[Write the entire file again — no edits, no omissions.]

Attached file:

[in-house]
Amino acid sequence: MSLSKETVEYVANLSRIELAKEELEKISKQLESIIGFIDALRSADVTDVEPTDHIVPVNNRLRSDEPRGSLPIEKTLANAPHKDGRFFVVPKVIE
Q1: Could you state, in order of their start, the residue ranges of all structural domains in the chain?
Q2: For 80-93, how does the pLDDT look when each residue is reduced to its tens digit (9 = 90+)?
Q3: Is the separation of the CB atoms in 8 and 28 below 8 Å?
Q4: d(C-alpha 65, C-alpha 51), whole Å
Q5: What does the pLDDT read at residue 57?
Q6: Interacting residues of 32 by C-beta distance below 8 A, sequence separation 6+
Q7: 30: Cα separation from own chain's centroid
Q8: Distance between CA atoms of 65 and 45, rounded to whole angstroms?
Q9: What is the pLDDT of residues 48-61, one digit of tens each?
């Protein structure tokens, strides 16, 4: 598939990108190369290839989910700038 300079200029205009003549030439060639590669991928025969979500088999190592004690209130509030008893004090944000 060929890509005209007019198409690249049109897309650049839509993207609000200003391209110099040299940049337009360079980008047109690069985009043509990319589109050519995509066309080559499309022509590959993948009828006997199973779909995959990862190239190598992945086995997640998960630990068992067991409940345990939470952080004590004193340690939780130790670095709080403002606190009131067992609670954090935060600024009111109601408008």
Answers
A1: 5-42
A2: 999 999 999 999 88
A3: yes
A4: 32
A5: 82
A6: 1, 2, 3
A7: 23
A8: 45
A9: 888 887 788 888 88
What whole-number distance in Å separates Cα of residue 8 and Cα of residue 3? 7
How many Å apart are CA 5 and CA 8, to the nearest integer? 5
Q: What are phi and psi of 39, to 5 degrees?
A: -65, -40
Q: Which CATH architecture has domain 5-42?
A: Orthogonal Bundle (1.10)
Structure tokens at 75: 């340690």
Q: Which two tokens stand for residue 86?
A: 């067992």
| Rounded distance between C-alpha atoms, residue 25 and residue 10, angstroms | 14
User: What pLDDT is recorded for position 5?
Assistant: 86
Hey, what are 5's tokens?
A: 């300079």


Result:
[in-house]
Amino acid sequence: MSLSKETVEYVANLSRIELAKEELEKISKQLESIIGFIDALRSADVTDVEPTDHIVPVNNRLRSDEPRGSLPIEKTLANAPHKDGRFFVVPKVIE
Q1: Could you state, in order of their start, the residue ranges of all structural domains in the chain?
Q2: For 80-93, how does the pLDDT look when each residue is reduced to its tens digit (9 = 90+)?
Q3: Is the separation of the CB atoms in 8 and 28 below 8 Å?
Q4: d(C-alpha 65, C-alpha 51), whole Å
Q5: What does the pLDDT read at residue 57?
Q6: Interacting residues of 32 by C-beta distance below 8 A, sequence separation 6+
Q7: 30: Cα separation from own chain's centroid
Q8: Distance between CA atoms of 65 and 45, rounded to whole angstroms?
Q9: What is the pLDDT of residues 48-61, one digit of tens each?
């Protein structure tokens, strides 16, 4: 598939990108190369290839989910700038 300079200029205009003549030439060639590669991928025969979500088999190592004690209130509030008893004090944000 060929890509005209007019198409690249049109897309650049839509993207609000200003391209110099040299940049337009360079980008047109690069985009043509990319589109050519995509066309080559499309022509590959993948009828006997199973779909995959990862190239190598992945086995997640998960630990068992067991409940345990939470952080004590004193340690939780130790670095709080403002606190009131067992609670954090935060600024009111109601408008």
Answers
A1: 5-42
A2: 999 999 999 999 88
A3: yes
A4: 32
A5: 82
A6: 1, 2, 3
A7: 23
A8: 45
A9: 888 887 788 888 88
What whole-number distance in Å separates Cα of residue 8 and Cα of residue 3? 7
How many Å apart are CA 5 and CA 8, to the nearest integer? 5
Q: What are phi and psi of 39, to 5 degrees?
A: -65, -40
Q: Which CATH architecture has domain 5-42?
A: Orthogonal Bundle (1.10)
Structure tokens at 75: 């340690």
Q: Which two tokens stand for residue 86?
A: 């067992």
| Rounded distance between C-alpha atoms, residue 25 and residue 10, angstroms | 14
User: What pLDDT is recorded for position 5?
Assistant: 86
Hey, what are 5's tokens?
A: 């300079």